Over the 4th of July weekend, I had quite a few discussions with friends and relatives about the state of our democracy. This 4th of July was the first time I seriously considered the possibility that our democratic institutions were in jeopardy.
Over the 4th of July weekend, I had quite a few discussions with friends and relatives about the state of our democracy. This 4th of July was the first time I seriously considered the possibility that our democratic institutions were in jeopardy. For the first few years of the Trump administration, I thought our institutions were strong enough to withstand Trump’s blatant assault, but by 2020 I began to seriously worry if the guardrails would hold. They did, barely.
Trump may no longer be president, but the threat to our democracy continues. The latest Trump-inspired attempts to undermine the electoral process target election workers with threats of stiff fines and prosecutions. Recruiting poll workers will become increasingly difficult if they face threats not only of bodily harm from right-wing zealots but also of criminal prosecution.
Republican-controlled state legislatures are racing to pass measures making it harder for citizens to vote. In March 2021, the Georgia state legislature passed strict constraints on the use of ballot drop boxes, barred election officials from sending out absentee ballot applications, reduced the time frame to apply for absentee ballots, and imposed identification requirements for voting by mail. Attorney General Merrick Garland intends to sue Georgia, stating: “The rights of all eligible citizens to vote are the central pillars of our democracy. They are the rights from which all other rights ultimately flow.”
Many of these voting rights disputes will be settled in our courts. Unfortunately, Trump’s legacy lives on in his judicial appointments. As the Guardian put it: “Donald Trump’s presidency was capricious and chaotic, but there was one issue on which he focused with laser-like discipline: tilting the judiciary to the right.” According to ballotpedia.org, Trump appointed 234 judges, including 54 appellate judges, more than Barack Obama’s first term total of 172 and George W Bush’s 204.
In the November general election, Pennsylvania voters have the opportunity to push back against Trump’s campaign to change the composition of judiciary as we elect one PA Supreme Court justice, one judge of the Superior Court, and two judges of Commonwealth Court.
Before the Republican party became the party of Trump, Republicans committed to democracy were elected in judicial races. Some of these judges, whose primary allegiance was to the Constitution rather than to partisan politics, dismissed Trump supporters’ lawsuits to overturn a fair, democratic election. Increasingly, however, Republican judicial nominees will be chosen by a Trump-controlled Republican party.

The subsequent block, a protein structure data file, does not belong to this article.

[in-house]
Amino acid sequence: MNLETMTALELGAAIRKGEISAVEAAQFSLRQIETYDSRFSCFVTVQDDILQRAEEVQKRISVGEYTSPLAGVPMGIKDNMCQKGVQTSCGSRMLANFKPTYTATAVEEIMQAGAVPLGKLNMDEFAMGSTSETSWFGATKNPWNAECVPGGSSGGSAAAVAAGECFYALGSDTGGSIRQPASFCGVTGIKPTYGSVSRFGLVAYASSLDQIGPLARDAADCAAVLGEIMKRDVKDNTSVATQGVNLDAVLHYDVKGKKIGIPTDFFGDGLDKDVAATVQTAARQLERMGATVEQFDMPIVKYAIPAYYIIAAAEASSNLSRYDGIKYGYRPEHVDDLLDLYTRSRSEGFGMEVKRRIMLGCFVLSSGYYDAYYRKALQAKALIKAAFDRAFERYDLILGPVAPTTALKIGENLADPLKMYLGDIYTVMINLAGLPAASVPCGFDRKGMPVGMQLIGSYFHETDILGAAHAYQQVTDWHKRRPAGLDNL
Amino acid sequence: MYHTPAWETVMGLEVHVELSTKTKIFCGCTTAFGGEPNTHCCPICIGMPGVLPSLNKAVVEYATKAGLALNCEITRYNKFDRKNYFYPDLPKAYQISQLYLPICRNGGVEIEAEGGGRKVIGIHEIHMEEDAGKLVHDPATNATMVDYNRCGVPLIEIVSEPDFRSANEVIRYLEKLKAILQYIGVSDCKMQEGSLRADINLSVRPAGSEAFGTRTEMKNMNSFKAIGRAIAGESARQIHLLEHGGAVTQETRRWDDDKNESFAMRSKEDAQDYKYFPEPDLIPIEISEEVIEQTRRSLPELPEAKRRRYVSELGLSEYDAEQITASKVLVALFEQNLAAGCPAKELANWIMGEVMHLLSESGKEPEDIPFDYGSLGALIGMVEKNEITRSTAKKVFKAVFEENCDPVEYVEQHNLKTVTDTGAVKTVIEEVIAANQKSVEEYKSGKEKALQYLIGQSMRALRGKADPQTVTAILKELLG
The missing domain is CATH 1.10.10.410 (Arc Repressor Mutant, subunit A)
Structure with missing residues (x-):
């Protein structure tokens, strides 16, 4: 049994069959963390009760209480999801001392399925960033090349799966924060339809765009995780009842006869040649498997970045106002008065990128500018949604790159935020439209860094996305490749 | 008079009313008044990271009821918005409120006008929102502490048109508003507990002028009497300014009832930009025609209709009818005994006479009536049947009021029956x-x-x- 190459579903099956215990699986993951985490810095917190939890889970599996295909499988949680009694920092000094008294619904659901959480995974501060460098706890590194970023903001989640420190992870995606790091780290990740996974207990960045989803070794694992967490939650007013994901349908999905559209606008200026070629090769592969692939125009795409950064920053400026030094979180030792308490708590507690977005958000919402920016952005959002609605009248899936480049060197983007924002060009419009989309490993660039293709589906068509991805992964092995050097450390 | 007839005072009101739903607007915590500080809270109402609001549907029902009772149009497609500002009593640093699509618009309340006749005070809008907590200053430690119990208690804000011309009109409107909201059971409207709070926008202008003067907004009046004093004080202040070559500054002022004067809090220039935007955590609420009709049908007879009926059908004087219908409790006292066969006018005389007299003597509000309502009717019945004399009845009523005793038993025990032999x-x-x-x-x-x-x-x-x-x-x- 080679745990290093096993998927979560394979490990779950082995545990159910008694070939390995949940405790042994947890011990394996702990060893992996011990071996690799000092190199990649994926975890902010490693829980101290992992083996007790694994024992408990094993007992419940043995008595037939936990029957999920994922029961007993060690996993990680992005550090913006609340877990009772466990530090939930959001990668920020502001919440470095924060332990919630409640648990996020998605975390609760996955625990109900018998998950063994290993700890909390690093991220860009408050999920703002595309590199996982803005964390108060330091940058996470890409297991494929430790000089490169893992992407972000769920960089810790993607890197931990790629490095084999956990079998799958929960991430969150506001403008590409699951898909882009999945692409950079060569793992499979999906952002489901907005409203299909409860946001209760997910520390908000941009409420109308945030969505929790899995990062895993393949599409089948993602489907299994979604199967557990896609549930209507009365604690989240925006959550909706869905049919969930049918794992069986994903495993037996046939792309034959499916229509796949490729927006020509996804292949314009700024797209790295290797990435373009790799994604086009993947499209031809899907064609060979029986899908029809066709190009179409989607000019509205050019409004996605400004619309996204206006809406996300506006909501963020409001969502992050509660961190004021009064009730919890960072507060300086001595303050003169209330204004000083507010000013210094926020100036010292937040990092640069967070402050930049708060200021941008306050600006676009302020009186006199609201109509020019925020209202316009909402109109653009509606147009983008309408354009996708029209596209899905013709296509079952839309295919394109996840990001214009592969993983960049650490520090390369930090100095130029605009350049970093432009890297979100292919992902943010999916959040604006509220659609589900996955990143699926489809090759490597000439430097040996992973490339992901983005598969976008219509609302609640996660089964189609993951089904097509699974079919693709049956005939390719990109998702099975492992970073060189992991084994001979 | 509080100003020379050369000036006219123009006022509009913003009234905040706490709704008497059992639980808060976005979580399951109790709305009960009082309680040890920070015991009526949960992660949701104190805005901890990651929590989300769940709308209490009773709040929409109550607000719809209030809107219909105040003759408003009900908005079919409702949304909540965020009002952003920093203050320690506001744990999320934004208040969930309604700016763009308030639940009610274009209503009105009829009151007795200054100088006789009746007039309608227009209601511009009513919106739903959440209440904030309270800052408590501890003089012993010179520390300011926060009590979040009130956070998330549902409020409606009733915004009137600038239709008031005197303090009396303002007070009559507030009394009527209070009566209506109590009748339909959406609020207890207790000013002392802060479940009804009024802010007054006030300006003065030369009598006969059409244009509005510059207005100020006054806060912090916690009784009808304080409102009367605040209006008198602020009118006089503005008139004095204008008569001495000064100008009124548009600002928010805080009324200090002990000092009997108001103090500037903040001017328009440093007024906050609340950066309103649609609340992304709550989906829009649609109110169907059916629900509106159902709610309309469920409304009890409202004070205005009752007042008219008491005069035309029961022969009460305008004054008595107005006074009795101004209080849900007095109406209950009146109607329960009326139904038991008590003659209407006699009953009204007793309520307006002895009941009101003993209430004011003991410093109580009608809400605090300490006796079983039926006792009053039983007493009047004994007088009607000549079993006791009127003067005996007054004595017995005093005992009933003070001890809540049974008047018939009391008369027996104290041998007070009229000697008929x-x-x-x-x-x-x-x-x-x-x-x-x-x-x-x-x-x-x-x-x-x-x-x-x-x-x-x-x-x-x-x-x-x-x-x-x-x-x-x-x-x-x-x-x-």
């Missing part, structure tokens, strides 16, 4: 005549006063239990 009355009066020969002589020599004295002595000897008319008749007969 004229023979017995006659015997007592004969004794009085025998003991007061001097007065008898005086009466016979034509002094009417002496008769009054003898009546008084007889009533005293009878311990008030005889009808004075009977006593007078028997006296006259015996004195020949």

The statewide judges elected in November will in all likelihood become involved in the congressional redistricting process. In 2018, the Democratic majority on the PA Supreme Court threw out the state’s 2011 map of redrawn congressional districts contending it was it was gerrymandered to favor Republicans, who, despite losing the popular vote in the 2010 congressional elections held 13 out of 18 seats. The Court drew a new map, which was used in the 2018 elections resulting in a 9-9 division.
New maps will be drawn after the release of census data for the Congressional, state House, and state Senate districts in mid-August 2021. It is widely expected that the state courts will again play a role in the redistricting process and thus it is critically important that voters pay attention to statewide judicial races.
In Philadelphia’s general elections, statewide judicial races with no contested local races on the ballot have historically had very low turnout. In our one-party town, contested local races are decided in the Democratic primary, and many voters have relatively little interest in the outcome of statewide judicial races.
The 2013 race for Judge of the PA Superior Court was a close contest decided by a few percentage points, with only 11.3 % of voters participating in the decision. The media coverage of the race for Superior Court was almost non-existent, and in many neighborhoods around the city it appeared that committeepersons were making little effort to inform voters and get out the vote.
Fortunately party leaders and political activists made a serious effort to educate the voters in the 2015 Supreme Court race, and turnout in Philadelphia rose to 25.62%—still dismal, given the importance of the race, but a significant improvement over the 11.3% turnout in 2013. Turnout in off-year elections has not returned to the rock bottom levels of 2013, and has been slowly inching upward. Nonetheless, turnout for the 2021 May primary was only 21.29% -- certainly nothing to celebrate.
The judiciary is the first line of defense for our democracy. To begin to undo the damage caused by Trump’s assault on our democratic institutions, in November, we must elect judges who are committed to upholding free and fair elections. Our democracy is at stake.
Karen Bojar lives in East Mt. Airy and is a writer, a longtime feminist activist and former president of Philadelphia NOW. Her next book “Feminist Organizing Across the Generations” will be published by Routledge in November of 2021.
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